The married couple and design partners share how to meld your respective styles—without conflict.
nate berkus jeremiah brent
Credit: Courtesy of Living Spaces

Married interior design gurus Nate Berkus and Jeremiah Brent understand the challenges that arise when two people who love each other—but have two distinct styles—attempt to design a home together. This awareness is born out of personal experience. "Nate is a trove of historical design information—he can tell you about every designer," Jeremiah tells Martha Stewart Weddings of Nate's traditional, referential approach to design. "I prefer cleaner, sleeker lines; think French '50s."

They've spent their seven-year-long relationship finding the middle ground between the two, the culmination of which is their newest joint collection for Living Spaces. "If we can raise children together, we can design furniture together," Jeremiah jokes of the challenges that come from creating cohesive pieces based on two divergent perspectives. Take one look at the collection—a curated selection of versatile, neutral, and affordable pieces that meld with a myriad of styles—and you'll discover that this is obviously true ("We're lucky that we saw these pieces similarly," adds Nate). Ahead, the couple shares several ways to achieve a mutual aesthetic. These tips that will undoubtedly come in handy as you and your partner create your first space, one that's reflective of both your personalities, however different they are.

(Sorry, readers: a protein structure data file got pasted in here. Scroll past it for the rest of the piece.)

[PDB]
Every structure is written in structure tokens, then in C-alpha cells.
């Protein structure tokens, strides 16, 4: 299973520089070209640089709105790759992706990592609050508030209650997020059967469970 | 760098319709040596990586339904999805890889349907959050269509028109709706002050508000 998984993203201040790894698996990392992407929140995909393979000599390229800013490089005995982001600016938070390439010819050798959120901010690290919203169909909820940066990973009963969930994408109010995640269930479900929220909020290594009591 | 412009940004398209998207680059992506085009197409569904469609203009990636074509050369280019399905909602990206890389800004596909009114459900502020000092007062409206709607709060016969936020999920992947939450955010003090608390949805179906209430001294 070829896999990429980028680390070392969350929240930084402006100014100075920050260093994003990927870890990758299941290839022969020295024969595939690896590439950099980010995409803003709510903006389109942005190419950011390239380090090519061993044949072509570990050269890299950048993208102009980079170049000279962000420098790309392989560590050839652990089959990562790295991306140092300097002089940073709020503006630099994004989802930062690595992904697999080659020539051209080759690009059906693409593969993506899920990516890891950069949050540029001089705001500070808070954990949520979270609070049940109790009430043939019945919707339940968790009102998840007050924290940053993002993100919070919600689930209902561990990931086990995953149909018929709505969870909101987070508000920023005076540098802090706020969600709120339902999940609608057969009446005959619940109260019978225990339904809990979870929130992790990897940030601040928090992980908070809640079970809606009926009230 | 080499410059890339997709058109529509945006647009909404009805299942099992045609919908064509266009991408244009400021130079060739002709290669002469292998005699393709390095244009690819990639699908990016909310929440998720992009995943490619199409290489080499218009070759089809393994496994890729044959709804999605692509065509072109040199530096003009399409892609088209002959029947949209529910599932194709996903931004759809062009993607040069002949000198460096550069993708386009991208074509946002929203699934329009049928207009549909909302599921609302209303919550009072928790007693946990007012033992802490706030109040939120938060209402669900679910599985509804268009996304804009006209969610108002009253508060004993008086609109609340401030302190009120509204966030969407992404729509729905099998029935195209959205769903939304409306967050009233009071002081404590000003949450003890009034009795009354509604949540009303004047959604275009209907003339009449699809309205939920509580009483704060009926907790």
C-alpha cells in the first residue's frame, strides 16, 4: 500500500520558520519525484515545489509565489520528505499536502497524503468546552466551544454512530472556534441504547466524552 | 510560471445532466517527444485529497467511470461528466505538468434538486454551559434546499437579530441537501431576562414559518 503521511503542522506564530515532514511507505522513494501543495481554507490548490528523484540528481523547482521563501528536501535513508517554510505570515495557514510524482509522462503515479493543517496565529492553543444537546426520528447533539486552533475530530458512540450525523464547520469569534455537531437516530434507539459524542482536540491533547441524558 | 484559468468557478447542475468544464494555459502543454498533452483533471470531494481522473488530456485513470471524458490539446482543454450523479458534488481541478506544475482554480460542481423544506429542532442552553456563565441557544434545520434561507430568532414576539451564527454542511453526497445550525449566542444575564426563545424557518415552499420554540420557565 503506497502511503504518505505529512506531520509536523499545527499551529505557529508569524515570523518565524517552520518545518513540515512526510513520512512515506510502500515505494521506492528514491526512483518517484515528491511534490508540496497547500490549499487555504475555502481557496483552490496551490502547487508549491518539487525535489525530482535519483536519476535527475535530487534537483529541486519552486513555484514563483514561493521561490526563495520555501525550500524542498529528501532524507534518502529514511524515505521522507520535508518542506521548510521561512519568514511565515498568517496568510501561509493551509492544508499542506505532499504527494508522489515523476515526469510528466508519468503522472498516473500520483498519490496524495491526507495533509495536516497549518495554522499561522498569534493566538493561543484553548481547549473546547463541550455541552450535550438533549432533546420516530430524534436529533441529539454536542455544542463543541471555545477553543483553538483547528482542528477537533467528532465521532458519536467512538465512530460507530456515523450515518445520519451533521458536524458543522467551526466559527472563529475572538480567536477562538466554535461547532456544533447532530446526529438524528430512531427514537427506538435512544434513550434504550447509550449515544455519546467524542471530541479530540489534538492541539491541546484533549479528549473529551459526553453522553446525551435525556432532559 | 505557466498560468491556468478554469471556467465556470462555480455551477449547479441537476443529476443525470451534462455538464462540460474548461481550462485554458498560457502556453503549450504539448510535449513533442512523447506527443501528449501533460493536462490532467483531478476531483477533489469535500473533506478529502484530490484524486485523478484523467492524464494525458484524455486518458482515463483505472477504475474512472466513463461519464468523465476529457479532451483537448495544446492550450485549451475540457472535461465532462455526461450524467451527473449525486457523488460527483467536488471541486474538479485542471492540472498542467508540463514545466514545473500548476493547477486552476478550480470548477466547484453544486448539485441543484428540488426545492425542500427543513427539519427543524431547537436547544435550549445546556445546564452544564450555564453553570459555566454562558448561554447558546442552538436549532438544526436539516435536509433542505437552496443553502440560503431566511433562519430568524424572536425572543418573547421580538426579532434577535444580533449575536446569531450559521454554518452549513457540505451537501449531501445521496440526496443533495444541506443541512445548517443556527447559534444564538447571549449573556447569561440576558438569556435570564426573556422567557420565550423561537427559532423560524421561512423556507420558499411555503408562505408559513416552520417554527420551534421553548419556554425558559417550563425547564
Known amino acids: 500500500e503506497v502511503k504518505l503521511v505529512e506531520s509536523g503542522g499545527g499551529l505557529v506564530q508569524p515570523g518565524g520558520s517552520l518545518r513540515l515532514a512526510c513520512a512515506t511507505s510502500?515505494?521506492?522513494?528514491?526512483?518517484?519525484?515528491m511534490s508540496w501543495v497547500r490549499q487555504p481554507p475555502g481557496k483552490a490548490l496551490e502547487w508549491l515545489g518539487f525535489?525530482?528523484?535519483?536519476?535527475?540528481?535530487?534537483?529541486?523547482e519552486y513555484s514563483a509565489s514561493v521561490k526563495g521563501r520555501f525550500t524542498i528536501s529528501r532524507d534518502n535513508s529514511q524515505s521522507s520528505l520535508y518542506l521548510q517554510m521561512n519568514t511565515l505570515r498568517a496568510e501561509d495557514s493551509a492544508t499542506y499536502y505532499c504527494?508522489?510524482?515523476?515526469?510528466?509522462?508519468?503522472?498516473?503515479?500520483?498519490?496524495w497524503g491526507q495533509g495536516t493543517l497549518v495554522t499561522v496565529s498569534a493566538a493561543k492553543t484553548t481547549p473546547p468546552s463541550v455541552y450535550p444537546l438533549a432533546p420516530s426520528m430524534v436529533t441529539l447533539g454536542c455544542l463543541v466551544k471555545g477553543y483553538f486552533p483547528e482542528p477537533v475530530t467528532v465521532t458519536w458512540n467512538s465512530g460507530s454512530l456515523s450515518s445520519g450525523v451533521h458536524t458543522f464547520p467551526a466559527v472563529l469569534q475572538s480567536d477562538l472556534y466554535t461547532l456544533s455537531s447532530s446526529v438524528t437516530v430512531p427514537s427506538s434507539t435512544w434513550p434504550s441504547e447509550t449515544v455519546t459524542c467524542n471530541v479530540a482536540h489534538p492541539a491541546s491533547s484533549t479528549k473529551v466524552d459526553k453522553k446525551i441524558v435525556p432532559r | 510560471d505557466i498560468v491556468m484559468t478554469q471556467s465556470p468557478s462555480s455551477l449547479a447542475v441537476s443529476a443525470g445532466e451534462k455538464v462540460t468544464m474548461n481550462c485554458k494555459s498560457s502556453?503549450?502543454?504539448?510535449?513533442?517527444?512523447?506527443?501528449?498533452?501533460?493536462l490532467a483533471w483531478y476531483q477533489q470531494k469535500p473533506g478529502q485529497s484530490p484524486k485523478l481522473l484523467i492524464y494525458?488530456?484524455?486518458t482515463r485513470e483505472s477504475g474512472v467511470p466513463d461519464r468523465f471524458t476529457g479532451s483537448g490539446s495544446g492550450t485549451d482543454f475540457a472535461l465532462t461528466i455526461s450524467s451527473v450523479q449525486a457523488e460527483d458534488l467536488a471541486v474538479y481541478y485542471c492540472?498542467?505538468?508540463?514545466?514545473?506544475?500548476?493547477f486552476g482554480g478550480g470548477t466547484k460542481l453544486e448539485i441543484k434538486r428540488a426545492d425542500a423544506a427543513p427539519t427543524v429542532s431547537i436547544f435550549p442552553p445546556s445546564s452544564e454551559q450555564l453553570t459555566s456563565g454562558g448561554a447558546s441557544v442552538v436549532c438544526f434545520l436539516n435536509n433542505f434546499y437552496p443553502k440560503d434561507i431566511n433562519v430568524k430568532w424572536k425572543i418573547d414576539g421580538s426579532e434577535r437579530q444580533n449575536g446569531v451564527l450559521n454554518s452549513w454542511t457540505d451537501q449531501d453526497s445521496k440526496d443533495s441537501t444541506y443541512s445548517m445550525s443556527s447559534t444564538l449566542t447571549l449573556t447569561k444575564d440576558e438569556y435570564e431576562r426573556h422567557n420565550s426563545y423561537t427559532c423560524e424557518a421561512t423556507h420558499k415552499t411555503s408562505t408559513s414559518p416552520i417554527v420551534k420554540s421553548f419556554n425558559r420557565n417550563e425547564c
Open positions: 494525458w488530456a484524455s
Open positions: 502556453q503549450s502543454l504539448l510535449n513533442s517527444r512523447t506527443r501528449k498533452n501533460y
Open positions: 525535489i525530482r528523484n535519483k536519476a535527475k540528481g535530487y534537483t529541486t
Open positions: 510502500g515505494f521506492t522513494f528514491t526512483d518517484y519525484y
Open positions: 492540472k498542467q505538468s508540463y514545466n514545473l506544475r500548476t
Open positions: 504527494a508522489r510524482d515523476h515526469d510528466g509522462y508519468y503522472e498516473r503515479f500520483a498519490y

If you hate a piece of furniture, color, or fabric, it's automatically out.

Nate says this is the most important rule to follow if you want to design a space that you both feel at home in: "If you absolutely hate something, it has to be out," he explains. "But you also have to be prepared for it to go the other way around; if your partner hates something you love, you have to be ready to let it go." (For this duo, it was floral bedding, which Nate has always had and loved but was something Jeremiah just couldn't live with.)

Get real about what actually matters.

"People, pets, stuff," says Nate of the priority list he lives by. At the end of the day, you are partners first—everything else (except your fur child, if you have one!) comes second. Keeping this trio in mind is particular useful when you're working through disagreements over color palettes or furniture decisions—both of which are trivial compared to the incredible reality that you've found someone to build a life (not just a home!) with.

Your married home shouldn't look like your bachelor or bachelorette pad.

Jeremiah notes that your single space—the home that you curated as a party of one—shouldn't necessarily inform the space you share with your partner. In fact, the home you make together should look and feel entirely different. "It's not just you anymore," he says. "The space you create together shouldn't look like your old one. It needs to reflect who you are together."

Start with one piece—and build from there.

If you're struggling to find a (stress-free) way into establishing your mutual aesthetic, it's important to get granular, adds the couple. "Start with one piece and build from there," says Jeremiah of a tried-and-true entry point. We actually watched the couple practice this in real time: Nate pointed over to one of the duo's collection's new chairs, pictured above, noting that that the piece ("Or four," agreed his husband) would be the perfect addition to their new Montauk beach house's ("It's going to be a relaxed place, a sand-on-the-floor type of thing," says Jeremiah) living room.


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